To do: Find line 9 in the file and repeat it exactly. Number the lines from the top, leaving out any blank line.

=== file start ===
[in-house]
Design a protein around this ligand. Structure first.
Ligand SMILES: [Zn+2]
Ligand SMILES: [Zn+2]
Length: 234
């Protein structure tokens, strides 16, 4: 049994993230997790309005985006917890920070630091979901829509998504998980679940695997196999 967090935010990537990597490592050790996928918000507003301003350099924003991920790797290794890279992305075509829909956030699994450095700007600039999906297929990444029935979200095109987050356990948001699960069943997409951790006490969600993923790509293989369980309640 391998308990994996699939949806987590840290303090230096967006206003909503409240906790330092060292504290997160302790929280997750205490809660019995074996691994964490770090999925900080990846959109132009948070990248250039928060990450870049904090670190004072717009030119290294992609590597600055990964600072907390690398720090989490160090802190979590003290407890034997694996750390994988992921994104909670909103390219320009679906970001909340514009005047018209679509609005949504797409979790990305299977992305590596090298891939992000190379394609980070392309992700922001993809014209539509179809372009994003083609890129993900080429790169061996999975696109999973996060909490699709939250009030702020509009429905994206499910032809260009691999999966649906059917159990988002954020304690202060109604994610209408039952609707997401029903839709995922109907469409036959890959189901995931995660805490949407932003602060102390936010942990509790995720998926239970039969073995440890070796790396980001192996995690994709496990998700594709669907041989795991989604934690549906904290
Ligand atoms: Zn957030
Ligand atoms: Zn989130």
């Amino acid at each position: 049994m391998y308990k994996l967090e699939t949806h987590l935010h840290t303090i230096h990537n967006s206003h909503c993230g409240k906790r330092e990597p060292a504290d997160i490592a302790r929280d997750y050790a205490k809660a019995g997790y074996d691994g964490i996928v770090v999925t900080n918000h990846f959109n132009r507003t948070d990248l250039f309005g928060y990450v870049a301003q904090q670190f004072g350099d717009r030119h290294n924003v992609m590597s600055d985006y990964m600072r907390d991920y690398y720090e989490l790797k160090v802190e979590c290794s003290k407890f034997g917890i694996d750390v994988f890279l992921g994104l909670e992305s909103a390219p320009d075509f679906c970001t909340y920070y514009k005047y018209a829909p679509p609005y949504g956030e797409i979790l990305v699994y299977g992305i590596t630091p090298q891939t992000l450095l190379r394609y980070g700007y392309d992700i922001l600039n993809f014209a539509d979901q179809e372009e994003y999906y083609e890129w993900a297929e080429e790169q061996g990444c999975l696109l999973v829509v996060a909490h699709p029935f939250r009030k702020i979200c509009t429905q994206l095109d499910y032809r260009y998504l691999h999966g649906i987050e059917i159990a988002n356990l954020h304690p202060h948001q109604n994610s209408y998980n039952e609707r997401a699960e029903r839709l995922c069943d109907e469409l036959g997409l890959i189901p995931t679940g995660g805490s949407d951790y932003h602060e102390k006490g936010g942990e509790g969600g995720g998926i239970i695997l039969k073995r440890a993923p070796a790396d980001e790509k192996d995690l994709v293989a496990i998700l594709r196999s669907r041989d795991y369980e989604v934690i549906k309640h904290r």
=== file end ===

């Amino acid at each position: 049994m391998y308990k994996l967090e699939t949806h987590l935010h840290t303090i230096h990537n967006s206003h909503c993230g409240k906790r330092e990597p060292a504290d997160i490592a302790r929280d997750y050790a205490k809660a019995g997790y074996d691994g964490i996928v770090v999925t900080n918000h990846f959109n132009r507003t948070d990248l250039f309005g928060y990450v870049a301003q904090q670190f004072g350099d717009r030119h290294n924003v992609m590597s600055d985006y990964m600072r907390d991920y690398y720090e989490l790797k160090v802190e979590c290794s003290k407890f034997g917890i694996d750390v994988f890279l992921g994104l909670e992305s909103a390219p320009d075509f679906c970001t909340y920070y514009k005047y018209a829909p679509p609005y949504g956030e797409i979790l990305v699994y299977g992305i590596t630091p090298q891939t992000l450095l190379r394609y980070g700007y392309d992700i922001l600039n993809f014209a539509d979901q179809e372009e994003y999906y083609e890129w993900a297929e080429e790169q061996g990444c999975l696109l999973v829509v996060a909490h699709p029935f939250r009030k702020i979200c509009t429905q994206l095109d499910y032809r260009y998504l691999h999966g649906i987050e059917i159990a988002n356990l954020h304690p202060h948001q109604n994610s209408y998980n039952e609707r997401a699960e029903r839709l995922c069943d109907e469409l036959g997409l890959i189901p995931t679940g995660g805490s949407d951790y932003h602060e102390k006490g936010g942990e509790g969600g995720g998926i239970i695997l039969k073995r440890a993923p070796a790396d980001e790509k192996d995690l994709v293989a496990i998700l594709r196999s669907r041989d795991y369980e989604v934690i549906k309640h904290r």